I suggest starting with a 10-K of a company you are interested in. Make sure you have a notepad, pen, highlighterand calculator before you sit down. If you forget any of these, you will risk breaking focus or being lazy. For example, if you don’t have a calculator, you’ll skip over doing math that would be helpful. If the company mentions its number of locations and total operating profit – and you have a calculator – you’ll breakdown the per location profit, sales, etc., right then and scribble it in the margin. You’ll only do this if you come prepared. Otherwise, you’ll be lazy and not do the work. If the calculator is in the other room – you won’t get up and get it. You’ll figure this calculation isn’t really important.

So, come prepared. Always have all the tools you need in front of you. Otherwise, you’ll have to break focus.

What do I mean by focus?

If you can roughly keep track of time while doing an activity, you are definitely not focused. For example, if I am in bed and not yet asleep – I can very easily guess it’s been about 10 minutes. A quick glance at the clock confirms this. I may be off by three minutes on either end. But it won’t have been 33 minutes if I thought it was 13 minutes.

If you have any sense of time while working on the 10-K, doing your research, etc., you’re working but you’re not focused. You’re underperforming the level of efficient work you could be getting done. And it’ll show.

At first, some people will have trouble achieving the kind of focus that means you have no idea how long you’ve been doing the activity. In fact, when you’re really focused you’ll measure how long you’ve been working by knowing the pace you normally work at.

If I’m 1,000 words into this article, I know roughly what that means in time, because I know how fast I write. Without knowing I’m 1,000 words into the article – I only know this because I have word count constantly updating on my screen in Word – I’d have no idea how long I’d been writing. That’s what focus feels like.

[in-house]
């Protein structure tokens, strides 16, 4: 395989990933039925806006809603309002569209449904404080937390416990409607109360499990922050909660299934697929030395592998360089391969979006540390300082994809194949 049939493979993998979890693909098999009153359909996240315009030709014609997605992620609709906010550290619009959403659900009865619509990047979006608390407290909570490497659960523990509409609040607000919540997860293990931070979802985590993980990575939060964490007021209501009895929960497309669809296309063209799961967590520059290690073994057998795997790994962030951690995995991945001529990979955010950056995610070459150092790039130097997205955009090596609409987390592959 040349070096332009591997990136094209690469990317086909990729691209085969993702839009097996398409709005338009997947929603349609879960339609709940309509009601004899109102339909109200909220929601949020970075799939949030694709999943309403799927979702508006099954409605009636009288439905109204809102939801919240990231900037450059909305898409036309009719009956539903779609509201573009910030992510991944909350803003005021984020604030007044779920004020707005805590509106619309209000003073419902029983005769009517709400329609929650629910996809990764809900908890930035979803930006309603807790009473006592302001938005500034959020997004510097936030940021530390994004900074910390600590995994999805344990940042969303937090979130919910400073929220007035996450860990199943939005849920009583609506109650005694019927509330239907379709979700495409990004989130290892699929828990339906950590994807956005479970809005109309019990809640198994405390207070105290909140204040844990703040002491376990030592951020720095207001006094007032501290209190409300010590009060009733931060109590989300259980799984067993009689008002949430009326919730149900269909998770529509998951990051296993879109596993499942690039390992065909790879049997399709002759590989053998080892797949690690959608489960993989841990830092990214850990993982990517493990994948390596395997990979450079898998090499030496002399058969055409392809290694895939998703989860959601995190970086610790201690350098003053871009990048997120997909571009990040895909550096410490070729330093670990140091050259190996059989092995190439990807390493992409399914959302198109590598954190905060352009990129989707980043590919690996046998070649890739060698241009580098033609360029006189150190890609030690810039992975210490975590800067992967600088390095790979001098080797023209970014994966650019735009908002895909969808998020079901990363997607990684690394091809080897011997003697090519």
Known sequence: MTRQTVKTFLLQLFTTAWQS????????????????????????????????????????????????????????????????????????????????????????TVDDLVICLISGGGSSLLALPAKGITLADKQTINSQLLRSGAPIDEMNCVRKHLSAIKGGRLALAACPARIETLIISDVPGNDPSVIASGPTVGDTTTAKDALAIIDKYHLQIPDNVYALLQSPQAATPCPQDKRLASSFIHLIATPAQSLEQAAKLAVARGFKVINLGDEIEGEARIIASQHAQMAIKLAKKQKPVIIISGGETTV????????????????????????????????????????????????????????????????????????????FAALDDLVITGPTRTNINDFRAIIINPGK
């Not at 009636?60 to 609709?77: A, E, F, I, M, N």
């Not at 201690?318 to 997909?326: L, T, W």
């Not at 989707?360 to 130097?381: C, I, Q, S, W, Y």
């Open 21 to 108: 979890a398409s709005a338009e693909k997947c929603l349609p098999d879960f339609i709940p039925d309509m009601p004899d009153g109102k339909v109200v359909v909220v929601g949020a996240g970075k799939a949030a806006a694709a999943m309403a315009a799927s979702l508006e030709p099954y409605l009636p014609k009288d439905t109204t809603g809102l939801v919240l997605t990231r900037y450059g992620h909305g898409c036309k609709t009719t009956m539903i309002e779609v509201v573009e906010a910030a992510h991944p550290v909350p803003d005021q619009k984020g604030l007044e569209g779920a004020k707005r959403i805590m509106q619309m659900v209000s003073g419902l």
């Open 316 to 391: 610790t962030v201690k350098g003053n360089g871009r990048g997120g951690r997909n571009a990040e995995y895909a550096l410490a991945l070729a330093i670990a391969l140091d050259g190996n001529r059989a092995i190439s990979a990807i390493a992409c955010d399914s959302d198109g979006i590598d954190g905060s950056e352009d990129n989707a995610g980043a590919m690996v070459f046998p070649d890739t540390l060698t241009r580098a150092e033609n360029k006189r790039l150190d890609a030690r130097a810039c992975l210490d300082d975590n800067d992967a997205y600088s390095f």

Your goal should be to work on one task and achieve that level of focus. You won’t the first few times you do this. So just scribble down the time you start reading the 10-K right now. Then, when you’re finished with all the reading and note taking and everything at a nice, normal pace – write down the time you put down the 10-K.

Was it less than 90 minutes?

If it was, that’s a manageable chunk for you. Anyone can focus for up to 90 minutes. So, in the future, you can always rest assured that sitting down to work on a 10-K is a fine single activity for you.

A task that takes you five hours is not appropriate to focus on. Don’t try to focus for five hours. You’d need to break that task down into smaller chunks and tackle them at different times. It’s possible to binge work for five hours. People do this in their day jobs all the time.

But it doesn’t lead to the kind of results we want in investing. The bar for investing insights – for the analysis you’ll be doing here – is a lot higher than for a normal hour of office work. For one thing, you’re going to be spending less time investing than on your day job. And yet it’ll still be important to your financial future. If you really think about the time investment on this areas of your life versus what you’re risking here – it’ll scare you. You need to perform well. The bar here is more at the level of an athletic competition than daily office work.

It’s high. So, you need to come to your practice each day like it’s a competition. I’m not going to tell you how long a task should take you. That’s unimportant. I just want to make sure you are fully focused throughout the task. So, don’t bite off more than you can intently chew.

Never attempt more than 90 minutes of focus. You may succeed. But you won’t come back to it tomorrow. I want daily practice out of you. I want you to sit down – it can be for 30 minutes of intense focus – and really practice valuation work each day. I don’t want you to do two hours every other Tuesday. That’s no good.

Monitor your behavior. Break down your process into individual tasks that you can focus on. For example, do you go out looking for ideas?

For now, eliminate that step. I’m putting one idea a day up on my blog. Just take that one. I saved you time. This is just for practice purposes. And your practice time – at first – is better spent doing active work on an idea than passively trawling for ideas.

Do you like to put things in a spreadsheet? Many investors do. I do. I use a standard form. Break that into a task. Data entry requires a low amount of focus. It can also – once you have a system for checking EDGAR, have a blank worksheet you reuse in Excel, etc., be done very fast.